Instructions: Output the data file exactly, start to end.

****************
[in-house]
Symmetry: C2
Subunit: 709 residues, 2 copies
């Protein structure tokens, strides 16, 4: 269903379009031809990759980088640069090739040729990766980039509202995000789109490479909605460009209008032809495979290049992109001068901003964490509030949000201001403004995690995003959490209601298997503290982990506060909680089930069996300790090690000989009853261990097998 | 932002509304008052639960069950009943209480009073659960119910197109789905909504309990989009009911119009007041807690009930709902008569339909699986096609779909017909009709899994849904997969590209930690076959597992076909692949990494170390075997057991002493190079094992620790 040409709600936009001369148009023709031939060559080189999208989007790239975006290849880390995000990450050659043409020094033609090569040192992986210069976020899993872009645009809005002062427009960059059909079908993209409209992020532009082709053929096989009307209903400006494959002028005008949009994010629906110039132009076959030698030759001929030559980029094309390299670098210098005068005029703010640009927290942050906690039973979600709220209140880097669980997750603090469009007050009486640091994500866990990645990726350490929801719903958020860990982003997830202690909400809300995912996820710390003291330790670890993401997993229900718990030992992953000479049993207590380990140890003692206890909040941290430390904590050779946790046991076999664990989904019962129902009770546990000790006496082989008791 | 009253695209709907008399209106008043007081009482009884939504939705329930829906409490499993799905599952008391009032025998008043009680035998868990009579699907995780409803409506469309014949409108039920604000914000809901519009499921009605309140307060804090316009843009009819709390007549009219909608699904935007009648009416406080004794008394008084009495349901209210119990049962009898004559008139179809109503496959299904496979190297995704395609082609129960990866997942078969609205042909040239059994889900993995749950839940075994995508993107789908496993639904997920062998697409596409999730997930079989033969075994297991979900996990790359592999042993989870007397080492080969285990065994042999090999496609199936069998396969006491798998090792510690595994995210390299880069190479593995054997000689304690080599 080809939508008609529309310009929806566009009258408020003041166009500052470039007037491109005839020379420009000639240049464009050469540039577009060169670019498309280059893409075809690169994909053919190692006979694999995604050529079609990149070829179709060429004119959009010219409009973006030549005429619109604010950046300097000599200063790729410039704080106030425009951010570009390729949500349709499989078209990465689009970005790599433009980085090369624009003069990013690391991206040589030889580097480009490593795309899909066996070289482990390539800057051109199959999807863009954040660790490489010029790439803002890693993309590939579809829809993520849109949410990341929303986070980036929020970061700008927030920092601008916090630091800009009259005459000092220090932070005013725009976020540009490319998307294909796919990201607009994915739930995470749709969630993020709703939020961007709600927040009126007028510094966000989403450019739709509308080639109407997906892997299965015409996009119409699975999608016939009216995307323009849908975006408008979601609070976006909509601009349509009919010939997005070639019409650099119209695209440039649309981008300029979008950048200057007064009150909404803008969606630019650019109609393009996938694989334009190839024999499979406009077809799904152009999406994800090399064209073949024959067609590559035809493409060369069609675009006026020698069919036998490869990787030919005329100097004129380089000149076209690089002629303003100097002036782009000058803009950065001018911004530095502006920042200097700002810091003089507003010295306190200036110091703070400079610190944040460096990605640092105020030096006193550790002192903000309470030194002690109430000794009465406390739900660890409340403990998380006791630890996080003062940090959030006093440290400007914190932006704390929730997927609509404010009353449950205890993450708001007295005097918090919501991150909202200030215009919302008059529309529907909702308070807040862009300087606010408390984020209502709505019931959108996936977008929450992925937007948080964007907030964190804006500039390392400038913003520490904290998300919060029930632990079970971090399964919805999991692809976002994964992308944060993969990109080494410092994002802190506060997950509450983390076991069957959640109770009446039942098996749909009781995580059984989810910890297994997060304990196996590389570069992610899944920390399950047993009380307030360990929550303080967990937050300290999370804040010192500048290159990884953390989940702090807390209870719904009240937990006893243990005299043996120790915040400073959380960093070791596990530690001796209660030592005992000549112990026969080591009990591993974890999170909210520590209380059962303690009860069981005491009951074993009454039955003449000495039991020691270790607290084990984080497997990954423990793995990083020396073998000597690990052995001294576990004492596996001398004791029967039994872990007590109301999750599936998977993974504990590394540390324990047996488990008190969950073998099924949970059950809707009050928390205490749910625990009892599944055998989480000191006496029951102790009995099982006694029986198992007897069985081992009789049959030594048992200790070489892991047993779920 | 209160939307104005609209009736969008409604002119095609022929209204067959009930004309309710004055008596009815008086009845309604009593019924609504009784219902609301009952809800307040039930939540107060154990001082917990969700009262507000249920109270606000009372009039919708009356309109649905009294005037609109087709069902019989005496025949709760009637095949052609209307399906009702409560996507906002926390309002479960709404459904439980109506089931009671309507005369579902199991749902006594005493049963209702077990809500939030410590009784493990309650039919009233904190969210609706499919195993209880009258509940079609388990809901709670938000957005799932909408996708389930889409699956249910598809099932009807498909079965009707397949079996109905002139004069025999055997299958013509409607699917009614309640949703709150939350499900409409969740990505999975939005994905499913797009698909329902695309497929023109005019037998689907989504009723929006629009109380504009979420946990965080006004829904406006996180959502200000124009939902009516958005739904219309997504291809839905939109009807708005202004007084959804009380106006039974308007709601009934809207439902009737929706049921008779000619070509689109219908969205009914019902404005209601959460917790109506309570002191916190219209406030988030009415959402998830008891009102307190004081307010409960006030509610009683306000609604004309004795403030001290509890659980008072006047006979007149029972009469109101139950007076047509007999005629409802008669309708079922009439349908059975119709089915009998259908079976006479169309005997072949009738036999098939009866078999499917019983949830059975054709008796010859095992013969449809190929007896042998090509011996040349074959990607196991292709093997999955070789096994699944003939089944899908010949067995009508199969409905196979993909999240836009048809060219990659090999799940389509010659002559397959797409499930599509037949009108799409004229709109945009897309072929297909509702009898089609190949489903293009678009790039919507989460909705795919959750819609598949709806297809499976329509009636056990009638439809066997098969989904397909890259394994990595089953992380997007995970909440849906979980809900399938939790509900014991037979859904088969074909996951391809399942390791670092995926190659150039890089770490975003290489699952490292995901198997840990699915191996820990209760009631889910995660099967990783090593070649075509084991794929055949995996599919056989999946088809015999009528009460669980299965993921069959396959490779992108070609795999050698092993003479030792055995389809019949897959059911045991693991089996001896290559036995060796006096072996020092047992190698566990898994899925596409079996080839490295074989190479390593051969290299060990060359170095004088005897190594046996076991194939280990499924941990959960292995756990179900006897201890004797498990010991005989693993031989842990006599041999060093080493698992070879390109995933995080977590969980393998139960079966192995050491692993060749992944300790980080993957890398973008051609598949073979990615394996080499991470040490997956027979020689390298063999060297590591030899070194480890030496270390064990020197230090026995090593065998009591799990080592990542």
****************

[in-house]
Symmetry: C2
Subunit: 709 residues, 2 copies
């Protein structure tokens, strides 16, 4: 269903379009031809990759980088640069090739040729990766980039509202995000789109490479909605460009209008032809495979290049992109001068901003964490509030949000201001403004995690995003959490209601298997503290982990506060909680089930069996300790090690000989009853261990097998 | 932002509304008052639960069950009943209480009073659960119910197109789905909504309990989009009911119009007041807690009930709902008569339909699986096609779909017909009709899994849904997969590209930690076959597992076909692949990494170390075997057991002493190079094992620790 040409709600936009001369148009023709031939060559080189999208989007790239975006290849880390995000990450050659043409020094033609090569040192992986210069976020899993872009645009809005002062427009960059059909079908993209409209992020532009082709053929096989009307209903400006494959002028005008949009994010629906110039132009076959030698030759001929030559980029094309390299670098210098005068005029703010640009927290942050906690039973979600709220209140880097669980997750603090469009007050009486640091994500866990990645990726350490929801719903958020860990982003997830202690909400809300995912996820710390003291330790670890993401997993229900718990030992992953000479049993207590380990140890003692206890909040941290430390904590050779946790046991076999664990989904019962129902009770546990000790006496082989008791 | 009253695209709907008399209106008043007081009482009884939504939705329930829906409490499993799905599952008391009032025998008043009680035998868990009579699907995780409803409506469309014949409108039920604000914000809901519009499921009605309140307060804090316009843009009819709390007549009219909608699904935007009648009416406080004794008394008084009495349901209210119990049962009898004559008139179809109503496959299904496979190297995704395609082609129960990866997942078969609205042909040239059994889900993995749950839940075994995508993107789908496993639904997920062998697409596409999730997930079989033969075994297991979900996990790359592999042993989870007397080492080969285990065994042999090999496609199936069998396969006491798998090792510690595994995210390299880069190479593995054997000689304690080599 080809939508008609529309310009929806566009009258408020003041166009500052470039007037491109005839020379420009000639240049464009050469540039577009060169670019498309280059893409075809690169994909053919190692006979694999995604050529079609990149070829179709060429004119959009010219409009973006030549005429619109604010950046300097000599200063790729410039704080106030425009951010570009390729949500349709499989078209990465689009970005790599433009980085090369624009003069990013690391991206040589030889580097480009490593795309899909066996070289482990390539800057051109199959999807863009954040660790490489010029790439803002890693993309590939579809829809993520849109949410990341929303986070980036929020970061700008927030920092601008916090630091800009009259005459000092220090932070005013725009976020540009490319998307294909796919990201607009994915739930995470749709969630993020709703939020961007709600927040009126007028510094966000989403450019739709509308080639109407997906892997299965015409996009119409699975999608016939009216995307323009849908975006408008979601609070976006909509601009349509009919010939997005070639019409650099119209695209440039649309981008300029979008950048200057007064009150909404803008969606630019650019109609393009996938694989334009190839024999499979406009077809799904152009999406994800090399064209073949024959067609590559035809493409060369069609675009006026020698069919036998490869990787030919005329100097004129380089000149076209690089002629303003100097002036782009000058803009950065001018911004530095502006920042200097700002810091003089507003010295306190200036110091703070400079610190944040460096990605640092105020030096006193550790002192903000309470030194002690109430000794009465406390739900660890409340403990998380006791630890996080003062940090959030006093440290400007914190932006704390929730997927609509404010009353449950205890993450708001007295005097918090919501991150909202200030215009919302008059529309529907909702308070807040862009300087606010408390984020209502709505019931959108996936977008929450992925937007948080964007907030964190804006500039390392400038913003520490904290998300919060029930632990079970971090399964919805999991692809976002994964992308944060993969990109080494410092994002802190506060997950509450983390076991069957959640109770009446039942098996749909009781995580059984989810910890297994997060304990196996590389570069992610899944920390399950047993009380307030360990929550303080967990937050300290999370804040010192500048290159990884953390989940702090807390209870719904009240937990006893243990005299043996120790915040400073959380960093070791596990530690001796209660030592005992000549112990026969080591009990591993974890999170909210520590209380059962303690009860069981005491009951074993009454039955003449000495039991020691270790607290084990984080497997990954423990793995990083020396073998000597690990052995001294576990004492596996001398004791029967039994872990007590109301999750599936998977993974504990590394540390324990047996488990008190969950073998099924949970059950809707009050928390205490749910625990009892599944055998989480000191006496029951102790009995099982006694029986198992007897069985081992009789049959030594048992200790070489892991047993779920 | 209160939307104005609209009736969008409604002119095609022929209204067959009930004309309710004055008596009815008086009845309604009593019924609504009784219902609301009952809800307040039930939540107060154990001082917990969700009262507000249920109270606000009372009039919708009356309109649905009294005037609109087709069902019989005496025949709760009637095949052609209307399906009702409560996507906002926390309002479960709404459904439980109506089931009671309507005369579902199991749902006594005493049963209702077990809500939030410590009784493990309650039919009233904190969210609706499919195993209880009258509940079609388990809901709670938000957005799932909408996708389930889409699956249910598809099932009807498909079965009707397949079996109905002139004069025999055997299958013509409607699917009614309640949703709150939350499900409409969740990505999975939005994905499913797009698909329902695309497929023109005019037998689907989504009723929006629009109380504009979420946990965080006004829904406006996180959502200000124009939902009516958005739904219309997504291809839905939109009807708005202004007084959804009380106006039974308007709601009934809207439902009737929706049921008779000619070509689109219908969205009914019902404005209601959460917790109506309570002191916190219209406030988030009415959402998830008891009102307190004081307010409960006030509610009683306000609604004309004795403030001290509890659980008072006047006979007149029972009469109101139950007076047509007999005629409802008669309708079922009439349908059975119709089915009998259908079976006479169309005997072949009738036999098939009866078999499917019983949830059975054709008796010859095992013969449809190929007896042998090509011996040349074959990607196991292709093997999955070789096994699944003939089944899908010949067995009508199969409905196979993909999240836009048809060219990659090999799940389509010659002559397959797409499930599509037949009108799409004229709109945009897309072929297909509702009898089609190949489903293009678009790039919507989460909705795919959750819609598949709806297809499976329509009636056990009638439809066997098969989904397909890259394994990595089953992380997007995970909440849906979980809900399938939790509900014991037979859904088969074909996951391809399942390791670092995926190659150039890089770490975003290489699952490292995901198997840990699915191996820990209760009631889910995660099967990783090593070649075509084991794929055949995996599919056989999946088809015999009528009460669980299965993921069959396959490779992108070609795999050698092993003479030792055995389809019949897959059911045991693991089996001896290559036995060796006096072996020092047992190698566990898994899925596409079996080839490295074989190479390593051969290299060990060359170095004088005897190594046996076991194939280990499924941990959960292995756990179900006897201890004797498990010991005989693993031989842990006599041999060093080493698992070879390109995933995080977590969980393998139960079966192995050491692993060749992944300790980080993957890398973008051609598949073979990615394996080499991470040490997956027979020689390298063999060297590591030899070194480890030496270390064990020197230090026995090593065998009591799990080592990542």